China market turmoil hits global shares
January 7, 2016, 5:18 pm

Global shares have fallen sharply after trading was suspended on Chinese markets for the second time this week.

Wall Street followed the downward trend, with indexes sliding about 1%, while European shares were down about 2% in late afternoon trading.

Circuit-breakers triggered the Chinese share suspension following a 7% fall in the country`s main index.

Later on Thursday, the Chinese authorities said they were suspending the circuit-breaker system.

The mechanism was brought in late last year to reduce volatility on China`s markets and had not been triggered until this week. It will be lifted from Friday.

The slump on Chinese markets prompted renewed panic on global markets. Share dealing was halted in the first 30 minutes, making it China`s shortest trading day on record.

By 15:00 GMT the FTSE 100 share index in London had recovered slightly and was 1.96% lower at 5,954.15.

Germany`s Dax was worst affected, down 2.54% at 9,954.57, while France`s Cac-40 was down 1.8% at 4,399.63.

Nerves

Amid the uncertainty, the euro gained nearly a cent against the dollar, rising to $1.0868.

The pound fell against the euro by 0.92% to €1.3445.

Investors are nervous after the Chinese central bank moved to weaken the the country`s currency, the yuan, for the eighth day running, sparking fears of a currency war.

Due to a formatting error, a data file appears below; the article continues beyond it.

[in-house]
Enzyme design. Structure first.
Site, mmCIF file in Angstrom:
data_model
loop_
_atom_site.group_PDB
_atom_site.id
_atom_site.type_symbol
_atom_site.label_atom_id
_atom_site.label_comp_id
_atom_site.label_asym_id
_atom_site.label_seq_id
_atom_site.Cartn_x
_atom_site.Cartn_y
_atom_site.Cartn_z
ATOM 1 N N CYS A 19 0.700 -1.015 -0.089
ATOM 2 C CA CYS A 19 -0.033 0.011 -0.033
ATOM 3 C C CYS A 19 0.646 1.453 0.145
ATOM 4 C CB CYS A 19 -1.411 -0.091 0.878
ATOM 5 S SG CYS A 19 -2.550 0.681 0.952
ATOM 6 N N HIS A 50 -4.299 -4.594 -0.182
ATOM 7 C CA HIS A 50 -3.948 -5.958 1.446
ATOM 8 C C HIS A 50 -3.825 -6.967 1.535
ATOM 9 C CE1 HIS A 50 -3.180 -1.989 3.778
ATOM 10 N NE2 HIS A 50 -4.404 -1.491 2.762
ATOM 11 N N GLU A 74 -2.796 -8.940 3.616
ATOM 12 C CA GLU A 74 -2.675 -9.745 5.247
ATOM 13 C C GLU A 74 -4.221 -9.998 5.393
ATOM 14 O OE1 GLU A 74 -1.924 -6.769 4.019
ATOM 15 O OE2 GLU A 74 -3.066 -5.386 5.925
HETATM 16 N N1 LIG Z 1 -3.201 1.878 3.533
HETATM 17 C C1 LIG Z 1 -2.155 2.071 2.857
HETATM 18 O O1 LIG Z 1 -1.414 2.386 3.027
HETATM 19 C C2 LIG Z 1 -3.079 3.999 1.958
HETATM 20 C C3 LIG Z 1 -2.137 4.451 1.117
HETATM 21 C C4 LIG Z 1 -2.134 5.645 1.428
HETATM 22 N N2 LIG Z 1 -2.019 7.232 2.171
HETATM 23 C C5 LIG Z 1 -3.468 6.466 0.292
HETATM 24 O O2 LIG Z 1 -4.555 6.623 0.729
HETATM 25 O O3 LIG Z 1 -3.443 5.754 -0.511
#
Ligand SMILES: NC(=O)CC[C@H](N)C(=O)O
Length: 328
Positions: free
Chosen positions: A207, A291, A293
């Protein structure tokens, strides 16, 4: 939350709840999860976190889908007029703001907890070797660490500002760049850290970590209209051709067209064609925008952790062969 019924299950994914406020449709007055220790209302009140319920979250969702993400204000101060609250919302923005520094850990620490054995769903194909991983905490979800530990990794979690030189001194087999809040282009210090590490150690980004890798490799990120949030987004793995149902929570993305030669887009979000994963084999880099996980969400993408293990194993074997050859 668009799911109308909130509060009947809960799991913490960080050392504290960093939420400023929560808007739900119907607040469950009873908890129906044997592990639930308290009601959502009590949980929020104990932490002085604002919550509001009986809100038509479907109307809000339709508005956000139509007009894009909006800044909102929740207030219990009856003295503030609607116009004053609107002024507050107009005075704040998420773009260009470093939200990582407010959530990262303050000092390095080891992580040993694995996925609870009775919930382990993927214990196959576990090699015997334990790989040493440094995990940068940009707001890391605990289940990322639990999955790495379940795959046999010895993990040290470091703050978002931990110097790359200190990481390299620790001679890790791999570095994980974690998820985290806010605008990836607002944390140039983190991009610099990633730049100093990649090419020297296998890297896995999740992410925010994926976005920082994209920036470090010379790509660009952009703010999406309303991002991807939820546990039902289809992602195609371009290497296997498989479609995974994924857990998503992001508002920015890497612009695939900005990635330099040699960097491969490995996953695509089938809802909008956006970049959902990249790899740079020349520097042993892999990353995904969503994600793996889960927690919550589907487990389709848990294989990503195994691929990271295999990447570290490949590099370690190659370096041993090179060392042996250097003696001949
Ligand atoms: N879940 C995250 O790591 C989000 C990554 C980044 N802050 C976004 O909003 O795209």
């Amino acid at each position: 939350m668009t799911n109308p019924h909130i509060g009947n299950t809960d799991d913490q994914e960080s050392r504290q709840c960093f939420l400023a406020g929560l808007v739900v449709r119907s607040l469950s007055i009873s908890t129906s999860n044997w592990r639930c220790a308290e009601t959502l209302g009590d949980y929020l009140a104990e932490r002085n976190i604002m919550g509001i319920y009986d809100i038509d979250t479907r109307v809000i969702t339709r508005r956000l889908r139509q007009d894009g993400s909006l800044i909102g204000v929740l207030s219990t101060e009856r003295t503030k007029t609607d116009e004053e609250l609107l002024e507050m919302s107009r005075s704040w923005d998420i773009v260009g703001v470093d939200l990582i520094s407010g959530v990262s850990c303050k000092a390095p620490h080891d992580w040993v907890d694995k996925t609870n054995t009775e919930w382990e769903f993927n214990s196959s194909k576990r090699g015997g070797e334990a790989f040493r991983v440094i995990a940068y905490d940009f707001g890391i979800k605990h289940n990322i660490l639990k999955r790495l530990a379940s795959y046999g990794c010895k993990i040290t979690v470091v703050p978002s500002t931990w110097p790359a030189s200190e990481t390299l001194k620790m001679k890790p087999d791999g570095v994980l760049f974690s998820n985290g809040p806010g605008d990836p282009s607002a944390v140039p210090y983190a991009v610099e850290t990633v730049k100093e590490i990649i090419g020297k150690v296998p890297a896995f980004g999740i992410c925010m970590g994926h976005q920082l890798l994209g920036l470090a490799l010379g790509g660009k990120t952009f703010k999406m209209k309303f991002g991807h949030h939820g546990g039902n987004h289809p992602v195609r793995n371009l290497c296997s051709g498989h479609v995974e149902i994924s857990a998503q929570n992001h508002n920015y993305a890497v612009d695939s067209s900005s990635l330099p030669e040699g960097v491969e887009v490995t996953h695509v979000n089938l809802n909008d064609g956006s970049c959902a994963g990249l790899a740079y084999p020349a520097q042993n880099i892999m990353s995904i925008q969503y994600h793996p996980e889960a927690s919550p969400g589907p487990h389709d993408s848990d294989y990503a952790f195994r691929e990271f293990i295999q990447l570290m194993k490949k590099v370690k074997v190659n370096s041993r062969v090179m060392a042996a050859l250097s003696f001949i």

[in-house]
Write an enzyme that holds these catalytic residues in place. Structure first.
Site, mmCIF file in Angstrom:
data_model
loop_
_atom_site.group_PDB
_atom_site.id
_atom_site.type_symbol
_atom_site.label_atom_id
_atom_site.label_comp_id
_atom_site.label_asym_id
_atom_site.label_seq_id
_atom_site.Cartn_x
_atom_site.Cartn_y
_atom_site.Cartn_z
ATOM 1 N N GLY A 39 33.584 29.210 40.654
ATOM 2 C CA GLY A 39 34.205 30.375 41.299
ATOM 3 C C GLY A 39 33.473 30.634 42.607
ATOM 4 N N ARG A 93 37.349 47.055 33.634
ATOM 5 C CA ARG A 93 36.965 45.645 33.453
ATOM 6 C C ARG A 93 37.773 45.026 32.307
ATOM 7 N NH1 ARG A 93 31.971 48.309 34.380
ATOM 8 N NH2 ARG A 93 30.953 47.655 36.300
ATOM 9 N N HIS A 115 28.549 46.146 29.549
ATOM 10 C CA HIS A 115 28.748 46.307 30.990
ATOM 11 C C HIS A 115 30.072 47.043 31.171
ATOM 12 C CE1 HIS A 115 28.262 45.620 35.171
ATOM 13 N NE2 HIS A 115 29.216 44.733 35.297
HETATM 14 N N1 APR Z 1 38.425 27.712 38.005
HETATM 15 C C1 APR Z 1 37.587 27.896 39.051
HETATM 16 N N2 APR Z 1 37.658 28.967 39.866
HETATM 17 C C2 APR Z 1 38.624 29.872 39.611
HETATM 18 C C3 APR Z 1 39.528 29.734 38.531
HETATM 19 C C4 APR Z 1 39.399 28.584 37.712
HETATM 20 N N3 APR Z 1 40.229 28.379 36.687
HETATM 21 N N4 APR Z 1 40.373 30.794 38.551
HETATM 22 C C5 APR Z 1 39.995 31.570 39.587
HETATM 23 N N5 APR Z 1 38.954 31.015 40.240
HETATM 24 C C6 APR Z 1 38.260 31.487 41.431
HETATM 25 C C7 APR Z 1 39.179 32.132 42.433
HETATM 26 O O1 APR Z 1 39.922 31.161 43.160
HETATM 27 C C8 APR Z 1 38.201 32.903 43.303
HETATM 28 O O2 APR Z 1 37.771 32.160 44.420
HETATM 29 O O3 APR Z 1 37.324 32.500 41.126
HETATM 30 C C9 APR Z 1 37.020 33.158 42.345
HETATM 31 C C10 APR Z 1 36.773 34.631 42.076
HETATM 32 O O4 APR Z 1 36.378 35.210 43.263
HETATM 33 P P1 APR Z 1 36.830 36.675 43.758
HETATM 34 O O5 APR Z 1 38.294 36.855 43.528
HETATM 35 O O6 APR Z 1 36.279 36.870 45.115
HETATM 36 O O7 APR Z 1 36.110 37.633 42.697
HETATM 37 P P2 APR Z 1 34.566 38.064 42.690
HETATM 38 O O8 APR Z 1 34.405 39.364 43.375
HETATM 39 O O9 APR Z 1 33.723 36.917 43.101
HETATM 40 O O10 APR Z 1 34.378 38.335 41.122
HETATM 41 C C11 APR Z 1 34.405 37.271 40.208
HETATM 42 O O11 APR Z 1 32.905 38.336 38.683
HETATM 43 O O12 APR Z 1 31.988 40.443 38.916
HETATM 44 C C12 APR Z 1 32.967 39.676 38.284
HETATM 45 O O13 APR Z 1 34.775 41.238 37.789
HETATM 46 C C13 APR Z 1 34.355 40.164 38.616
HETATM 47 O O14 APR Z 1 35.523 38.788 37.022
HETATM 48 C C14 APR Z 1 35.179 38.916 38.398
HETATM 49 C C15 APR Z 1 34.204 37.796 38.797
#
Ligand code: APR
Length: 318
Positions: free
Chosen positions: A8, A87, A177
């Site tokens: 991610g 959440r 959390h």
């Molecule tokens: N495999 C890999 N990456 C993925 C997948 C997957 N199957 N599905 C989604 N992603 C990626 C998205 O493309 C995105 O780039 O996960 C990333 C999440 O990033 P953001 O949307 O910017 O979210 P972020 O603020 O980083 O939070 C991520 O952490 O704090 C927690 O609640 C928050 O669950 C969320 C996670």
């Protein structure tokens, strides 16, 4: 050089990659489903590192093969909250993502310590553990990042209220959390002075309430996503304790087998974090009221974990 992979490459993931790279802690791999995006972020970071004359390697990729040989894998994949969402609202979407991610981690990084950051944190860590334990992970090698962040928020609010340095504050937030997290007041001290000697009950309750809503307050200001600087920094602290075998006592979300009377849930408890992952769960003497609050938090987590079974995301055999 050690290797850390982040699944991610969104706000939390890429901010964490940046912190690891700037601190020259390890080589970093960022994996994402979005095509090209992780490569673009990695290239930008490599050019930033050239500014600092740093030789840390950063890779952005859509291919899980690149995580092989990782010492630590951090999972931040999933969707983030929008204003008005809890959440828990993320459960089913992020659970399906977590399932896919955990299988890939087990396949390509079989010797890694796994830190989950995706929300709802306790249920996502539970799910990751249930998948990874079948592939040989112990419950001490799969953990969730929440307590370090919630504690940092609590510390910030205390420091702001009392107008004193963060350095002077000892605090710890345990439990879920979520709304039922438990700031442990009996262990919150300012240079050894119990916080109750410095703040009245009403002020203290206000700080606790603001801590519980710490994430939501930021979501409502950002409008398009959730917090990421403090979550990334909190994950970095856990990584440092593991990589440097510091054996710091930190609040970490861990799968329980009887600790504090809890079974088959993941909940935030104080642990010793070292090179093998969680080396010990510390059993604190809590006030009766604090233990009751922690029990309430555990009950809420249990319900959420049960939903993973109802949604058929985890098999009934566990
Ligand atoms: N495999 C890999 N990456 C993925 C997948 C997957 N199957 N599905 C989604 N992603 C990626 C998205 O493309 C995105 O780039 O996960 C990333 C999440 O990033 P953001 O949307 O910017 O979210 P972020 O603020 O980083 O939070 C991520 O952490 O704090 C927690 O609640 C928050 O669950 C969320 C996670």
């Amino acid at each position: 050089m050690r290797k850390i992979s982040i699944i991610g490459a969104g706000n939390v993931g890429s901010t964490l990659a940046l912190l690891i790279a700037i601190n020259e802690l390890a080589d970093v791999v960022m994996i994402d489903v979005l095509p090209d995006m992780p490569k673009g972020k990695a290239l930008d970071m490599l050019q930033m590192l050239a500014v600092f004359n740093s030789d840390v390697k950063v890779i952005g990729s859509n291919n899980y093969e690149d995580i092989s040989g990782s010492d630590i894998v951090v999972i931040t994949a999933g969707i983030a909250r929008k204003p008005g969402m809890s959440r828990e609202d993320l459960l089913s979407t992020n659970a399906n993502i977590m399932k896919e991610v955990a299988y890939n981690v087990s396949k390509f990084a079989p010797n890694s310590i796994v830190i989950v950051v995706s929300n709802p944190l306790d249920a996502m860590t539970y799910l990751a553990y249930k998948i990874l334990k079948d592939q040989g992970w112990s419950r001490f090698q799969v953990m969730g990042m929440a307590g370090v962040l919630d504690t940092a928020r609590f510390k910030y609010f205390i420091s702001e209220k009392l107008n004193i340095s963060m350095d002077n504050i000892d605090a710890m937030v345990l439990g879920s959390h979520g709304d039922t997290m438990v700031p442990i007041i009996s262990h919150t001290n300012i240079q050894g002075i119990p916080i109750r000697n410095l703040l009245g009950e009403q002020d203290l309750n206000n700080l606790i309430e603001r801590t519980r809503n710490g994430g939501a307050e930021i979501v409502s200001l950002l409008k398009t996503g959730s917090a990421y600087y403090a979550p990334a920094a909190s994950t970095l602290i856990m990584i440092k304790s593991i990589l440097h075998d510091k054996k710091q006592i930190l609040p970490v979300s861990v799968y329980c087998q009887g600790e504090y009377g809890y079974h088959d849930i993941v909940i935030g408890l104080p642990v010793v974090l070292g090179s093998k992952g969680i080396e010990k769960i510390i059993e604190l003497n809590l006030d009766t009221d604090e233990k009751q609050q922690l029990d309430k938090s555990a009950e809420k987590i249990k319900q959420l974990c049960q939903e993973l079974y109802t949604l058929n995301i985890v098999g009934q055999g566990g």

This move is designed to boost exports by making Chinese goods cheaper outside the country, analysts have speculated.

It is also being interpreted as an indication that consumer demand in China may be slowing more sharply than feared.

Official economic growth in China is still running at just below 7%.

But moves to devalue the yuan suggest attempts to shift the economy from an export-led one to a consumer and services-led one are running into problems.

Soros warning

Legendary US billionaire investor George Soros has warned that 2016 could see a global financial crisis on as big a scale as that seen just eight years ago.

Giving a speech to an economic forum in Sri Lanka, Mr Soros said China faced a " major adjustment problem."

He added: "I would say it amounts to a crisis. When I look at the financial markets there is a serious challenge which reminds me of the crisis we had in 2008, according to Bloomberg.

It is not the first time the billionaire hedge fund manager has warned of impending doom on the financial markets. In 2011 he warned the Greek debt crisis that consumed Europe was more serious than the 2008 financial crisis.


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